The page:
Update: CMS released several FAQs that clarify requirements under the CAA for prescription drug reporting, including permitting aggregate filings to help simplify reporting for certain plans utilizing multiple vendors. Employers can review the FAQs to better understand reporting instructions, particularly helpful for plans using multiple reporting vendors.

Group health plans and carriers will soon be required to report certain demographic and spending information about a plan’s prescription drug expenditures, a requirement that is a part of the Consolidated Appropriations Act of 2021 (CAA) passed in 2020. Initially deferred from its original due date, reporting for 2020 and 2021 calendar years is due this year on December 27, 2022. For all subsequent years, reporting is due annually by June 1st.


The CAA amended the Public Health Service Act (PHSA) to require group health plans and carriers to submit general and spending information about the plan, primarily related to prescription drug expenditures (“Pharmacy Reporting”). In turn, the Departments must use this data to publish public reports on prescription drug reimbursements, pricing trends, and the impact of prescription drug costs on premium costs.

The enforcement for the 2020 and 2021 reporting was delayed and now the first reporting will be due December 27, 2022, as explained in FAQs issued August 20, 2021. For calendar year 2022 and all subsequent years, the reporting is due by June 1st.

Pharmacy Reporting Requirement

As explained further in the interim final rule, the pharmacy reporting requirement generally applies to group health plans (both fully insured and self-insured) and carriers. Examples of information that must be reported include:  

  • Premium amounts, including the average monthly premium paid by both employees and the employer;
  • Annual health care services spend categorized by types of cost (including hospital costs, health care provider and clinical service costs, costs for prescription drugs, and other medical costs);
  • Information on the 50 most frequently dispensed brand prescription drugs, and the total number of paid claims for each drug;
  • The 50 most costly prescription drugs by total annual spending, and the annual amount spent by the plan or coverage for each drug; and
  • The 50 prescription drugs with the greatest increase in plan expenditures and for each such drug, the change in amounts expended by the plan or coverage in each plan year.

The reported information can be submitted on an aggregate basis, with the only “plan-level” information being general plan information. Importantly, plans can satisfy their reporting obligations by having third-parties, such as carriers, third-party administrators (TPAs), or pharmacy benefit managers (PBMs) submit the required information on their behalf, explained further below.

Employer Action Items

As mentioned, group health plans and carriers are required to submit their first pharmacy report by December 27, 2022 (for calendar years 2020 and 2021). To comply with this new requirement, employer plan sponsors will need the assistance of their carriers, TPAs, PBMs, or other similar vendors. In fact, the Departments stated in the interim final rule that they anticipate it will be rare for group health plans to report the information on their own, as employers generally do not have access to all of the information required. As such, employers should do the following, based on their funding type:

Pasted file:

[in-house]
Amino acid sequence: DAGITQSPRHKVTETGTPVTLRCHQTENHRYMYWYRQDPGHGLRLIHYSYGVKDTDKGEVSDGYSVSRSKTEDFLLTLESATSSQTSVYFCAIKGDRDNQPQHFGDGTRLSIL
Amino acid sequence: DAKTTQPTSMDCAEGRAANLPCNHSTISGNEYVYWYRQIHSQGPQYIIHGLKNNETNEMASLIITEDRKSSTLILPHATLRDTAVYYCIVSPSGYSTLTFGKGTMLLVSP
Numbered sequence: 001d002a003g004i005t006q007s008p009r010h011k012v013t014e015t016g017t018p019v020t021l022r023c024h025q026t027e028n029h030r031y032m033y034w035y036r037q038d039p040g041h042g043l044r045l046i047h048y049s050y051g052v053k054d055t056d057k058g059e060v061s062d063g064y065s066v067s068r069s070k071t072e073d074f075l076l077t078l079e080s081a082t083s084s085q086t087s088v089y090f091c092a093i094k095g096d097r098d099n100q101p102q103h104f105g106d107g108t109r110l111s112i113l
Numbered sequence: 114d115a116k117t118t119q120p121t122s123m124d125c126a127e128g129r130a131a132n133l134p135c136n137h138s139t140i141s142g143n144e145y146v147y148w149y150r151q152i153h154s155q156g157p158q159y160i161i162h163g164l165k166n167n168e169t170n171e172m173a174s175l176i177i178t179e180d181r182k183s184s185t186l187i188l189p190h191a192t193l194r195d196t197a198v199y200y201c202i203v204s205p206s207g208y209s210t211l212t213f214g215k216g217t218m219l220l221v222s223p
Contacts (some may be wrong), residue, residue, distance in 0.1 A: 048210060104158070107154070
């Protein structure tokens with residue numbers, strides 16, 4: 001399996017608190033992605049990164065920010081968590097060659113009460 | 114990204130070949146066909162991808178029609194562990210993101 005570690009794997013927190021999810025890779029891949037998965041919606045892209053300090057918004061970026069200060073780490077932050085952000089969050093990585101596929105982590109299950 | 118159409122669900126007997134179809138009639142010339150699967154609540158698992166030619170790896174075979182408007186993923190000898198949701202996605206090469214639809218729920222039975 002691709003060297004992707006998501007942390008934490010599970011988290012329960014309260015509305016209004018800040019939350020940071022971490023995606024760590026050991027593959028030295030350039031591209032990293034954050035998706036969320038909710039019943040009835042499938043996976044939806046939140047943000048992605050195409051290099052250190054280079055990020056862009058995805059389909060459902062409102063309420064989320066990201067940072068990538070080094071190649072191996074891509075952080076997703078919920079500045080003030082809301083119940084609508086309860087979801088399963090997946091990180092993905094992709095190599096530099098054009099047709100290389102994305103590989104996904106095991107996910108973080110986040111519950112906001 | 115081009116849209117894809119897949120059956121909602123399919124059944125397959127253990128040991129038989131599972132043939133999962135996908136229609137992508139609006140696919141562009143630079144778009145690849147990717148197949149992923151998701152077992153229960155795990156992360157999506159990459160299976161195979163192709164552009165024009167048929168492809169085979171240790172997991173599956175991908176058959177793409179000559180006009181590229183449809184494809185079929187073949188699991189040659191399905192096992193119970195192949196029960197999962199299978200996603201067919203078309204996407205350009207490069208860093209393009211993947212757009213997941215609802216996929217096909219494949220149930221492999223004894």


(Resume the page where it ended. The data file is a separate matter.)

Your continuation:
• Fully insured: Confirm with their carriers that they will be complying with this requirement, as it appears that most carriers are completing the reporting on behalf of fully insured plans. In addition, employers should consider entering into a written agreement requiring their carrier to complete this reporting. Employers with fully insured plans who contract with their carrier to complete the reporting will not be held liable for any failure to report.
  • Self-insured: Identify and contract with a TPA/PBM to fulfill this requirement on the plan’s behalf and confirm the TPA/PBM has the necessary plan information to comply with the requirement. Self-insured employers are ultimately liable for any failure to report, regardless of whether they enter into a written agreement with their TPA/PBM to complete reporting. However, employers may still consider entering into a written agreement that requires their TPA/PBM to complete the reporting to protect itself contractually against a potential vendor failure.

Additional Resources

Disclaimer: This content is intended for informational purposes only and should not be construed as legal, medical or tax advice. It provides general information and is not intended to encompass all compliance and legal obligations that may be applicable. This information and any questions as to your specific circumstances should be reviewed with your respective legal counsel and/or tax advisor as we do not provide legal or tax advice. Please note that this information may be subject to change based on legislative changes. © 2022 Sequoia Benefits & Insurance Services, LLC. All Rights Reserved

Diane Cross — Diane is a Client Compliance Consultant for Sequoia, where she works with our clients to optimize and streamline benefits compliance. In her free time, Diane enjoys spending time with her family, live music, and cycling.